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When field stripping the XD 9 Mod. 2, you have to pull the trigger to release the slide.

1. Does dry firing the Mod. 2 harm the gun, firing pin, or striker pin in any way?
2. Is there any way to not dry fire?
3. Is there any way to use a snap cap so it is not dry fired?
4. Lastly, what is the purpose of dry firing anyway? It is not required on the XDM 9 MM 3.8 or the 5.25.

I would like to hear what others have to say, and I would like to hear from Springfield. Thank you for your response.
 

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It's not going to hurt the gun to dry fire it. My wife's SA-XD is the same way. Gotta pull the trigger to release the slide.
 

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Wait a second. I fired some model of XD a couple weeks ago, and I'm pretty sure I was able to slingshot the slide. But thinking about it now, there was one gun I tried recently where I could not figure out how to get it into battery... Maybe that was the XD?
 

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XDm is different from XD in several ways. The need to dry fire it to release the slide has always been part of the XD. The fact that you don't need to do it for XDm is a selling point. But in fact dry firing the XD for disassembly will not harm the gun at all.

XDs was developed starting with the XDm design. So it also does not require pulling the trigger to release the slide.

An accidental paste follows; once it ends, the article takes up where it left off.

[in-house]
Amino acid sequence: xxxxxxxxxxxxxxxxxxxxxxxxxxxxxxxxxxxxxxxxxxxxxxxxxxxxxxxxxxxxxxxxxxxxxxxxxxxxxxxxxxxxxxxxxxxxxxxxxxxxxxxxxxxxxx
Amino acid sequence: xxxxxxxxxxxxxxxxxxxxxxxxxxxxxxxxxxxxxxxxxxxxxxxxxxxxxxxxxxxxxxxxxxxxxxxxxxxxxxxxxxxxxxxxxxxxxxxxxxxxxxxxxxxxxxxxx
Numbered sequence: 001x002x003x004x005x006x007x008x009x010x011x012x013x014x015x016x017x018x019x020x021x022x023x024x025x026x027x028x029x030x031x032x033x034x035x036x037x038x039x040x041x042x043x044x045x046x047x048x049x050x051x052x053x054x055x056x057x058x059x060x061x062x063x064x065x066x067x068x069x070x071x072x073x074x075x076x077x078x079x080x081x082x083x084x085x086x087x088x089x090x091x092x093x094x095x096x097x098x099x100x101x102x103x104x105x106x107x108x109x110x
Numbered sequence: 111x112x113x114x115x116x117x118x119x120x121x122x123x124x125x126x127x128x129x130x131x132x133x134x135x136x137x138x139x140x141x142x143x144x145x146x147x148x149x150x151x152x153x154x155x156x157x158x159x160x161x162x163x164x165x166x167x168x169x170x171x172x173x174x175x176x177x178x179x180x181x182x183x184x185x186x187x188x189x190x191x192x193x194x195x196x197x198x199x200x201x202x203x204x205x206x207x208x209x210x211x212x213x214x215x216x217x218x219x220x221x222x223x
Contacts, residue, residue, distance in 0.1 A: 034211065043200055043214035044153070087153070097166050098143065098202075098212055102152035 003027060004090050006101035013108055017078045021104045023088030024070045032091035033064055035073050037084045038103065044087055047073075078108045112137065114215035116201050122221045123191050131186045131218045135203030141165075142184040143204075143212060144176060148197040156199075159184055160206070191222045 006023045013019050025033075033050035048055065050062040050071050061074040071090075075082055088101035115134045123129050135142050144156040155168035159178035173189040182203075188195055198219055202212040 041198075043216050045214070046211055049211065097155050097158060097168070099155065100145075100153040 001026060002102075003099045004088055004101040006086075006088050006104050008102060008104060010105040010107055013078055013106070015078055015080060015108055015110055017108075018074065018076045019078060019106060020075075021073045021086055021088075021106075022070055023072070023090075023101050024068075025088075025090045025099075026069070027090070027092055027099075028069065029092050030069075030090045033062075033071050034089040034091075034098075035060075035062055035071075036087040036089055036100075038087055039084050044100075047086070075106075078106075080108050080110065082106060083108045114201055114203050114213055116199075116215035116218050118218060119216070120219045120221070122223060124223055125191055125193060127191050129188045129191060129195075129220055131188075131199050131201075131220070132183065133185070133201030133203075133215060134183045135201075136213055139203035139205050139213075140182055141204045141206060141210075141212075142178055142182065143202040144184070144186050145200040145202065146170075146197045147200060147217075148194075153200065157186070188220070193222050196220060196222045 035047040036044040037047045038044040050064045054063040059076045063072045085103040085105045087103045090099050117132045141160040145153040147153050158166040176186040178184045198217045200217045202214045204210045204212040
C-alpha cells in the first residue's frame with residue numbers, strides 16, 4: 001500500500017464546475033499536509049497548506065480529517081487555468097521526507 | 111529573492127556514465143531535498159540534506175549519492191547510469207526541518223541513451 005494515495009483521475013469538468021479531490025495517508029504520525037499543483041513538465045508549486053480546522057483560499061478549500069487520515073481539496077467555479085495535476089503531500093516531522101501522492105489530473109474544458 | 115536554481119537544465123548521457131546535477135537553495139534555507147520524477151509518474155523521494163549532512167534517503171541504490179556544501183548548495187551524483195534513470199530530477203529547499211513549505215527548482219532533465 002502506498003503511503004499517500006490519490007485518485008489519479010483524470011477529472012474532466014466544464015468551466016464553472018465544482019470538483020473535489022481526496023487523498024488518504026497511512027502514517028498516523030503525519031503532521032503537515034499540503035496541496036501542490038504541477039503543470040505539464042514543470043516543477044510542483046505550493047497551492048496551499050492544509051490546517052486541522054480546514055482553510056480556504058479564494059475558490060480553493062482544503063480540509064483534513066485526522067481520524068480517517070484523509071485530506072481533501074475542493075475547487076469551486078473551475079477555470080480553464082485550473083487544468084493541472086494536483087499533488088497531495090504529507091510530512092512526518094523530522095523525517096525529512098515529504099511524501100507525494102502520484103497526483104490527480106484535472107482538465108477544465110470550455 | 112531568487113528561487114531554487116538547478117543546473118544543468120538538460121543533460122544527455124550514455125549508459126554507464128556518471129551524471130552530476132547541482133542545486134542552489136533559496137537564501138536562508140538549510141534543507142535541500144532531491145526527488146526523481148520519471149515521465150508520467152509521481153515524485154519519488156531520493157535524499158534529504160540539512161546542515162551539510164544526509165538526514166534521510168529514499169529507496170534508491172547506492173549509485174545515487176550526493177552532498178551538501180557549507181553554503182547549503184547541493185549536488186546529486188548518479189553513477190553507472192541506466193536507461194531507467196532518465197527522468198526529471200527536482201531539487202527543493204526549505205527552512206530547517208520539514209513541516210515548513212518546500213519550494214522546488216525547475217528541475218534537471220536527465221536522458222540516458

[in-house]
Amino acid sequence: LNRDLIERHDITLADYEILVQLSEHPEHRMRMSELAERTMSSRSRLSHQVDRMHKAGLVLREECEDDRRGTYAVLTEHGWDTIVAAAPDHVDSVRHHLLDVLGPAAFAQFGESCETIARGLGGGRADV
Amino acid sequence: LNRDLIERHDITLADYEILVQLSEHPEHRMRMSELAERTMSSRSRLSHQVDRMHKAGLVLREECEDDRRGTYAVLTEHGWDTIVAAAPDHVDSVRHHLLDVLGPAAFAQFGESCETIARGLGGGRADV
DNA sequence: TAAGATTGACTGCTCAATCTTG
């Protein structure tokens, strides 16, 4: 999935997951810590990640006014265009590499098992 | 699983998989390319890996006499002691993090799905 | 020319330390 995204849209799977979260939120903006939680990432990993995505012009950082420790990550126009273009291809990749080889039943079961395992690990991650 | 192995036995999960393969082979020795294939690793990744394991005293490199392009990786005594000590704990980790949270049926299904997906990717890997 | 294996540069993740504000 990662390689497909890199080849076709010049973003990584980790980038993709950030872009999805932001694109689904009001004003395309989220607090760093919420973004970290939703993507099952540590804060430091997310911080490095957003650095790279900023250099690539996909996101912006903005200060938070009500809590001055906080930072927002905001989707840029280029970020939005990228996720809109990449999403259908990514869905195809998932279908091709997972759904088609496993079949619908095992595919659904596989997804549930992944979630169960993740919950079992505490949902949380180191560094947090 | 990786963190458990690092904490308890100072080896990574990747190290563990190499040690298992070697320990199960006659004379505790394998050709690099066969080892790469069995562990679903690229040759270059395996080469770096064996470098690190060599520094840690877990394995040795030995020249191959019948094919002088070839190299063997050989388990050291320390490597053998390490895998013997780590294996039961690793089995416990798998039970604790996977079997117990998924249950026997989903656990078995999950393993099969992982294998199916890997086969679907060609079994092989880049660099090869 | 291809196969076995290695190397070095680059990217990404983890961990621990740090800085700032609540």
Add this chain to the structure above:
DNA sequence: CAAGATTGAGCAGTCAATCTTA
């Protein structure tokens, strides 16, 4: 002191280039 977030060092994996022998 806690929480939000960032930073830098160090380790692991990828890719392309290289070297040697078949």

I don't know if you can use a snapcap during disassembly. Pretty sure the manual says to make sure the chamber is empty.
 

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dondavis3
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The minimal amount of times that you need to pull the trigger to take off the slide will not hurt it at all.

That said - I always use Snap caps to do my dry firing - even on guns that say you do not need to.

:cool:
 

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When field stripping the XD 9 Mod. 2, you have to pull the trigger to release the slide.


1. Does dry firing the Mod. 2 harm the gun, firing pin, or striker pin in any way?
2. Is there any way to not dry fire?
3. Is there any way to use a snap cap so it is not dry fired?
4. Lastly, what is the purpose of dry firing anyway? It is not required on the XDM 9 MM 3.8 or the 5.25.

I would like to hear what others have to say, and I would like to hear from Springfield. Thank you for your response.
1. Dry firing can also refer to dry fire practice, where the gun is fired dozens of times repeatedly. That is obviously not the case here, and since it is required to disasseble it, it will not harm anything. I also dry fire guns of that type before storing them away and would expect no harm from that either.

There were (or are) guns that should not be dry fired, notably some shotguns and 22 rimfires. The firing pin normally impacts a relatively soft material - the primer or case rim. So virtually all the wear is on the cartridge. In the absence of a cartridge, some part of the mechanism has to absorb all of the impact. This is where damage can occur. For example, a .22 firing pin can impact the edge of the chamber and indent it.

Other mechanisms either don't impact the firing pin at all when dry firing (some S&W revolvers) or they buffer the striker.

2. No.

3. If the barrel and slide are removed as a single unit, a snap cap should not interefere with disassembly. But neither is it required.

4. If the firing mechanism is anything like that of a Glock, the sear and striker will still be engaged and prevent the slide from moving forward. Dry firing disengages the sear.


-
 

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The suggestion of the snap cap was NOT for the dis-assembly. Sorry I was not clear.

The snap cap was suggested for doing the experiment and finding out whether the gun might fire during dis-assembly.

Dry firing is a necessary part of handgun practice, and everyone should use snap caps if only to simulate showing clear as part of practice.
 
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